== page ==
The Vibrator's Handy History

The Vibrator's Handy History

Oh my. Oh no. 

The best kept secret for many women has now been exposed. Diamonds are not a woman’s best friend. It’s a vibrator!

For many women, the vibrator is a best-kept secret. Over the years, this dependable tool has taken many forms. These days, women are taking the lead in designing our handy-dandy tool. That's definitely a good thing. 

So, let's trace the history of the beloved vibrator, dating all the way back to prehistoric times.

Prehistoric times as in no electricity in sex toys. In fact, let’s go way back before Cleopatra's urban legend. You know the one with the insect gourd? Legend has it she ordered servants to carve out a gourd and insert bees. The vibrations of the makeshift vibrator would stimulate her genitals. Yeah, we know it sounds a bit crazy - totally cray, cray. Not much has changed. The vibrator is used today for the same purpose–’good, good, good, good vibrations’!

Back then, women needed relief from symptoms of depression and anxiety called hysteria. Hysteria is derived from the Greek word for uterus. Before the vibrator, doctors would finger women on their operating tables and call it a "pelvic massage." In The Technology of Orgasm: "Hysteria," the Vibrator and Women's Sexual Satisfaction, science historian Rachel P. Maines reports that physicians often passed the job off to midwives.

If the doctor's or midwives' hands were too tired, they would use a water massage to treat hysteria. Aren’t you glad to know you can handle this yourself now? Peace and love to the women living during this era.

Back to the prehistoric vibrator before Cleopatra.

The first dildo was discovered in a German cave and made of siltstone. They made the first phallic sex toys from chalk which dates back 28,000 years B.C. to the Neolithic Era 

Later in the 1800s, Dr. George Taylor was credited in 1869 for his vibrator to relieve symptoms of hysteria. In 1880, Dr. Joseph Mortimer Granville patented the first electromechanical vibrator.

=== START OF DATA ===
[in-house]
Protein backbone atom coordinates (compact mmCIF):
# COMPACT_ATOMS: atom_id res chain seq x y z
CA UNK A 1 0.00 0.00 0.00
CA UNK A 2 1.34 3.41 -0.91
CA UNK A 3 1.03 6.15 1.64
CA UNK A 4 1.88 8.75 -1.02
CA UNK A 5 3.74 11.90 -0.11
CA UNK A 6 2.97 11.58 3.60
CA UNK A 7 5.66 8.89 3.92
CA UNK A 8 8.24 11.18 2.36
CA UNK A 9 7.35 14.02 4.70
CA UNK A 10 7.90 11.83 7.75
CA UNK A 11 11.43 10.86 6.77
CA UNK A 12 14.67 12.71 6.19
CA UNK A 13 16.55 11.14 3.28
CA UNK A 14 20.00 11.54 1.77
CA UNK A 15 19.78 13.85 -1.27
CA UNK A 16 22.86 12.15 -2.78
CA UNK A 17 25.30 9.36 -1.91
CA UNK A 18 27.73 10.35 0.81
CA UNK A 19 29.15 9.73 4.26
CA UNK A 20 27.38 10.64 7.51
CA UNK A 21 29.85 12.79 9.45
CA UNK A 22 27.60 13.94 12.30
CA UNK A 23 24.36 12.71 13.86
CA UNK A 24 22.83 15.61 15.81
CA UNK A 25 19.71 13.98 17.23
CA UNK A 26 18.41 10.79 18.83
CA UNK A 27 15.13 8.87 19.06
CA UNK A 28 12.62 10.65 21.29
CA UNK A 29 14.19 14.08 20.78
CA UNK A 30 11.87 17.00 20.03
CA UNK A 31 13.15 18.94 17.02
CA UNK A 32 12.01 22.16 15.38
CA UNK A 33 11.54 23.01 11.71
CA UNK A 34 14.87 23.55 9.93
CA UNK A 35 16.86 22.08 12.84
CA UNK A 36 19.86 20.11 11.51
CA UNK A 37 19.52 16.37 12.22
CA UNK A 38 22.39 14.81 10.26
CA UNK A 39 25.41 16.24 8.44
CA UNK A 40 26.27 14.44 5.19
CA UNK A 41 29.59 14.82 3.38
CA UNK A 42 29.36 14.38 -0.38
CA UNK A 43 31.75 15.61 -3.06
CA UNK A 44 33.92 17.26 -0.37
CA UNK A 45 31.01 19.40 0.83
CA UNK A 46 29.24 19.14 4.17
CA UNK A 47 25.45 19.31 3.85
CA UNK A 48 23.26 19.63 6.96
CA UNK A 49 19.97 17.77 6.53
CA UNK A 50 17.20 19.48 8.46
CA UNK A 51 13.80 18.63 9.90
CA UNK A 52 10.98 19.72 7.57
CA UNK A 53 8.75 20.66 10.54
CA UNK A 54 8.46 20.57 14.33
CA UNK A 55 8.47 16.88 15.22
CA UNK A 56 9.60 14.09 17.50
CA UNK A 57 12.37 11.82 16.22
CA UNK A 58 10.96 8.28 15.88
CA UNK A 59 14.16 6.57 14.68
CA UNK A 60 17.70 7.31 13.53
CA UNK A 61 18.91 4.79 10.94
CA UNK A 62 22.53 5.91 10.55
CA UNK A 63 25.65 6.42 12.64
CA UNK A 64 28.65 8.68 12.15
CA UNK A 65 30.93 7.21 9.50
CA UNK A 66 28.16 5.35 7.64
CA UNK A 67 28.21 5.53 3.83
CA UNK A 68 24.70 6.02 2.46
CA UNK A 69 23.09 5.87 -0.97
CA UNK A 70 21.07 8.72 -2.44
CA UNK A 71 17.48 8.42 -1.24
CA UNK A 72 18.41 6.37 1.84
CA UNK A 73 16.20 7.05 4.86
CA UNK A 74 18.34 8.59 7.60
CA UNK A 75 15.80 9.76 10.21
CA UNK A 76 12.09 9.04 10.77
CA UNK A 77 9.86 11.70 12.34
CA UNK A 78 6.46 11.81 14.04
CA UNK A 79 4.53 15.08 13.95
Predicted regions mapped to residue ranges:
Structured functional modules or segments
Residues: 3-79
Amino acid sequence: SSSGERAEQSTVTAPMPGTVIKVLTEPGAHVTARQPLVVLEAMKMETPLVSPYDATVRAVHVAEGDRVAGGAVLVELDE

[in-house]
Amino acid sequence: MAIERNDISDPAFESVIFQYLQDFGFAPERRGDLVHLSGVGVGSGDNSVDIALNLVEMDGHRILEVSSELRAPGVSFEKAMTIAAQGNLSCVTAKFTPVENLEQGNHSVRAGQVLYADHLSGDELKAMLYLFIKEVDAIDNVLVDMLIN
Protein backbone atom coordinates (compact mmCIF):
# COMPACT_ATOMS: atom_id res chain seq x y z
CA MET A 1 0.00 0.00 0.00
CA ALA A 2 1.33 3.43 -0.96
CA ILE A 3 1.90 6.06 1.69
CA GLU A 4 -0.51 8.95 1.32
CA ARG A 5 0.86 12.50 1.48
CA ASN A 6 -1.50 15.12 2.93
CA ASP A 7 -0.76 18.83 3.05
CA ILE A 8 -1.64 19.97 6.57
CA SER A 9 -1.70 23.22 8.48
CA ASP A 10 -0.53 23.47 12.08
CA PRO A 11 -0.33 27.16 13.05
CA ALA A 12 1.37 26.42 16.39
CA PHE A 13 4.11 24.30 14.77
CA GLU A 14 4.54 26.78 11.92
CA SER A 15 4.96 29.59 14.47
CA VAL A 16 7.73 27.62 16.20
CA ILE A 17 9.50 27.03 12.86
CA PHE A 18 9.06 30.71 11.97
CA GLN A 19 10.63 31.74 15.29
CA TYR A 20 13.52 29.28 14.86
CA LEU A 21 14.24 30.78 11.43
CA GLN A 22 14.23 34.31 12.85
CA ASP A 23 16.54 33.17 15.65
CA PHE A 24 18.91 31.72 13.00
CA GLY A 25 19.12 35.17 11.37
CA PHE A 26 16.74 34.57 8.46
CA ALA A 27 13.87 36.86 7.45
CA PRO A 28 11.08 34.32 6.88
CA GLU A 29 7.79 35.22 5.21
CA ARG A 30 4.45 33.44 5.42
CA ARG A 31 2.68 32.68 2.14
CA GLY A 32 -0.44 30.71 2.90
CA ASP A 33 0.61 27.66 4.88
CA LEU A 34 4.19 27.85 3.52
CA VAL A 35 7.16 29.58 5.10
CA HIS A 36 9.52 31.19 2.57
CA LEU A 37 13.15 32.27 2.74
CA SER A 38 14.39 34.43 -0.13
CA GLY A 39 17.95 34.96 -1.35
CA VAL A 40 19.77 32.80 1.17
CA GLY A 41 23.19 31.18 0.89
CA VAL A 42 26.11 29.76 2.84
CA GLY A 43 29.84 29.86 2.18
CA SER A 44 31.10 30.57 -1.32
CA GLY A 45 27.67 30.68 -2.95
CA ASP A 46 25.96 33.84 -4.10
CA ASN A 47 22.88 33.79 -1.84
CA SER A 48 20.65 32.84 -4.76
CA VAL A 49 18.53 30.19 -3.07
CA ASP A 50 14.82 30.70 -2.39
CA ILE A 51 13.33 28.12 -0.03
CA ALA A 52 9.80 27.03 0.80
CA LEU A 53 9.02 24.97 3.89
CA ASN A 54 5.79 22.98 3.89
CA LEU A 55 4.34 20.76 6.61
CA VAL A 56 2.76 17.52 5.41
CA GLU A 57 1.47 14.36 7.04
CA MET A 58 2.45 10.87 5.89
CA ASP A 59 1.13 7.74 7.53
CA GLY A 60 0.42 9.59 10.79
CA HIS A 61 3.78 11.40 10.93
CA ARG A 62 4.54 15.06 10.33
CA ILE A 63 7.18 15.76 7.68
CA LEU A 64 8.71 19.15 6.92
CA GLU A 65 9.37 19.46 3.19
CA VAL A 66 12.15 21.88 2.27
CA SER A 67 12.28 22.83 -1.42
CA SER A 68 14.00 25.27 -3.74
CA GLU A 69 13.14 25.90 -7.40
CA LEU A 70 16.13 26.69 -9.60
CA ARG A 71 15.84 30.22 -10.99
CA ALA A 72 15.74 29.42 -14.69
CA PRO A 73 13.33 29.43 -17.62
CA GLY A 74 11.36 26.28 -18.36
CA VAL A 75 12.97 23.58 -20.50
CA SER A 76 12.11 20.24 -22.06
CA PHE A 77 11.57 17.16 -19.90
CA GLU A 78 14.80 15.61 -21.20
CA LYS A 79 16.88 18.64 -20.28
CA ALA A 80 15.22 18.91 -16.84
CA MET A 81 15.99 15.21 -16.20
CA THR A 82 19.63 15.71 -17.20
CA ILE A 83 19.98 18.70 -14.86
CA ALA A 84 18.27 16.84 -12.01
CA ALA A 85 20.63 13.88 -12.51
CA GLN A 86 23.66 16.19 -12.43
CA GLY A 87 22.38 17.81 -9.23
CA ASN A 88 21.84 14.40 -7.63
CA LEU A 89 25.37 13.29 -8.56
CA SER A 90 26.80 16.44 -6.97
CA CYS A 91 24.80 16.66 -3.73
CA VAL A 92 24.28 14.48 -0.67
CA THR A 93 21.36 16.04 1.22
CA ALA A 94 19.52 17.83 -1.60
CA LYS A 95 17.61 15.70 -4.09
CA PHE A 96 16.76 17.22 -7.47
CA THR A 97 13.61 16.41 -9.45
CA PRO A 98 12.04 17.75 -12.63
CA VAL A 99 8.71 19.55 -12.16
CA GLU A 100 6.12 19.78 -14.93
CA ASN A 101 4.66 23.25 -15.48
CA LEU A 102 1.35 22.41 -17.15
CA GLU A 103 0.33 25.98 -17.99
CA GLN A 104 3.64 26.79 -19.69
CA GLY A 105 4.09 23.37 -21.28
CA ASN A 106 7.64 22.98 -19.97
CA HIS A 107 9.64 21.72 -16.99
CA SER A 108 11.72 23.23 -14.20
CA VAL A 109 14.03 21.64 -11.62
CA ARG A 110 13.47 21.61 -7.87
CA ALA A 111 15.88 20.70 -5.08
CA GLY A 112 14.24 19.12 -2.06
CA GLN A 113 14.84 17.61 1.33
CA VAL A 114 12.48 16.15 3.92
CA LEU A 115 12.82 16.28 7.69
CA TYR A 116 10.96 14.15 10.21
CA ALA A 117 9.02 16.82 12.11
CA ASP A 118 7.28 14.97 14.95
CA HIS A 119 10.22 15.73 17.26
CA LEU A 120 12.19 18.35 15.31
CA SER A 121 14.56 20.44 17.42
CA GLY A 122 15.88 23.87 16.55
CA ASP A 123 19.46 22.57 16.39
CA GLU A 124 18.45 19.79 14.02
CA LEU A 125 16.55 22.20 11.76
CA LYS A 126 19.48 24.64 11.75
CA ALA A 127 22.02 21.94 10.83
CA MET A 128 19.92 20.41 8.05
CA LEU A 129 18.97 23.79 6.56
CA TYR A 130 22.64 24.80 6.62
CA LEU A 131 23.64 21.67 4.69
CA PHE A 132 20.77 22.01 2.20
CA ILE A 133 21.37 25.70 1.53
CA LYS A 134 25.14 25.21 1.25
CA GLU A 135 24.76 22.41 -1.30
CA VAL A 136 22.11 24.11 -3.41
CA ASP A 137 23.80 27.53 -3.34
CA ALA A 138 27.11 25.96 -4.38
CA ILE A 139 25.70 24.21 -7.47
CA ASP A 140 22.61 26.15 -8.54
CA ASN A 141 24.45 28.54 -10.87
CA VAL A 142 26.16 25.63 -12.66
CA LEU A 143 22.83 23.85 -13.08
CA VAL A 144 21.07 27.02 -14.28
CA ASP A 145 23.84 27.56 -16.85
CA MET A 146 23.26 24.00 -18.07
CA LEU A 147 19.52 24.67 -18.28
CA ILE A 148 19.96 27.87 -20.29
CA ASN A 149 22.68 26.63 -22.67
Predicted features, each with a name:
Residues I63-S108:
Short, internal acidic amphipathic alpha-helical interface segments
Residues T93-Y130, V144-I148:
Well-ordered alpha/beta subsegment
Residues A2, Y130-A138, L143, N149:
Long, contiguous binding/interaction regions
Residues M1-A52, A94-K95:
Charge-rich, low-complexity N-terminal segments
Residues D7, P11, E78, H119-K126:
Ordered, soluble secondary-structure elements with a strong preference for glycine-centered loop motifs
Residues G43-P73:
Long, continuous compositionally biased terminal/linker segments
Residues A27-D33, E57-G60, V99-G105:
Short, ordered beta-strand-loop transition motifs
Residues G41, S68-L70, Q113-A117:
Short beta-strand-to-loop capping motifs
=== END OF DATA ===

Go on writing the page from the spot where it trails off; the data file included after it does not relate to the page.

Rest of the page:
Moving into the 1900s, doctors were still trying to treat hysteria. Doctors began developing more vibrators because they were simply tired of using their fingers. The nerve. A vibrator called ‘the Arnold’ was marketed as a massage tool to cure and prevent disease and disorder. Oh, and as a facial massager too. A really versatile tool, right? SMH.

In the 1920s, the vibrator was introduced to women as a household appliance for beauty and body ailments. Oh, and it had a large motor. It appeared in smut films and porn magazines. In fact, did you know it was only the fifth household appliance electrified? No surprise if the ladies went out on a little horseback ride just because. Wink, wink.

In the 1930s, innovation and craftiness were on the rise. The tail end of the Victorian Age, around 1910, to the 1930s was really the golden age of vibrator history. During this time, many innovative models came to the market, like this Massage Master II. It has three different heads to really "work out those sore muscles."

In the 1940s, the marketed "massagers" were out and looked a lot like a screwdriver.

The 1950s vibrators received another upgrade with a button for speed control.

Finally, in the 1960s, you would probably recognize this massager. Possibly your mom's favorite?  Demand and popularity for massagers really began to soar.

The 1970s were a time of improvement for the new well-loved product. Many considered the Hitachi Magic Wand, which is still sold and used today, the best of the best vibrators.

In the 1980s and 1990s, a rise in sex toy companies and toys which focused on clitoral stimulation were birthed. Thank you, Fukoku, for being one of the first-finger vibrator. 

The 21st century is here. Personal "massagers" for women are stylish and able to stimulate several parts of the female anatomy. Cue Marvin Gaye's "Sexual Healing." 

Welcome to the vibrator revolution.